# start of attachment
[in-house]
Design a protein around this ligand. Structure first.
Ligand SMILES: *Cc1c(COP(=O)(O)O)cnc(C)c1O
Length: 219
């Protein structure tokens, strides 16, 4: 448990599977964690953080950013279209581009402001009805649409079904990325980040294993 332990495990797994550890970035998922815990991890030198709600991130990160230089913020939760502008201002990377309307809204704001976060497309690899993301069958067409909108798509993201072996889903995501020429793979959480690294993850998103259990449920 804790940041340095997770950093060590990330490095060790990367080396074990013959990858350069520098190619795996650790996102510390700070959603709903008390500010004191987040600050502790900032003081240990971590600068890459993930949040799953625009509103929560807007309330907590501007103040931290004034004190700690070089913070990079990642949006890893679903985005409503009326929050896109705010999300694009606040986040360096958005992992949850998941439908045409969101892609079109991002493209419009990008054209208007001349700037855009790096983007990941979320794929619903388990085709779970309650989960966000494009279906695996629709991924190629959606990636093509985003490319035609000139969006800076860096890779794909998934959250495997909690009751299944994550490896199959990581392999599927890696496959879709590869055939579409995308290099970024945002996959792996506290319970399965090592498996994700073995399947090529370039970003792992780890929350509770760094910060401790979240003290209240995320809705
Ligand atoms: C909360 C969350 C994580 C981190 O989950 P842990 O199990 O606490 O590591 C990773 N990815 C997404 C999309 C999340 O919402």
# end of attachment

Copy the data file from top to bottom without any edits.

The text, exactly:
[in-house]
Design a protein around this ligand. Structure first.
Ligand SMILES: *Cc1c(COP(=O)(O)O)cnc(C)c1O
Length: 219
């Protein structure tokens, strides 16, 4: 448990599977964690953080950013279209581009402001009805649409079904990325980040294993 332990495990797994550890970035998922815990991890030198709600991130990160230089913020939760502008201002990377309307809204704001976060497309690899993301069958067409909108798509993201072996889903995501020429793979959480690294993850998103259990449920 804790940041340095997770950093060590990330490095060790990367080396074990013959990858350069520098190619795996650790996102510390700070959603709903008390500010004191987040600050502790900032003081240990971590600068890459993930949040799953625009509103929560807007309330907590501007103040931290004034004190700690070089913070990079990642949006890893679903985005409503009326929050896109705010999300694009606040986040360096958005992992949850998941439908045409969101892609079109991002493209419009990008054209208007001349700037855009790096983007990941979320794929619903388990085709779970309650989960966000494009279906695996629709991924190629959606990636093509985003490319035609000139969006800076860096890779794909998934959250495997909690009751299944994550490896199959990581392999599927890696496959879709590869055939579409995308290099970024945002996959792996506290319970399965090592498996994700073995399947090529370039970003792992780890929350509770760094910060401790979240003290209240995320809705
Ligand atoms: C909360 C969350 C994580 C981190 O989950 P842990 O199990 O606490 O590591 C990773 N990815 C997404 C999309 C999340 O919402």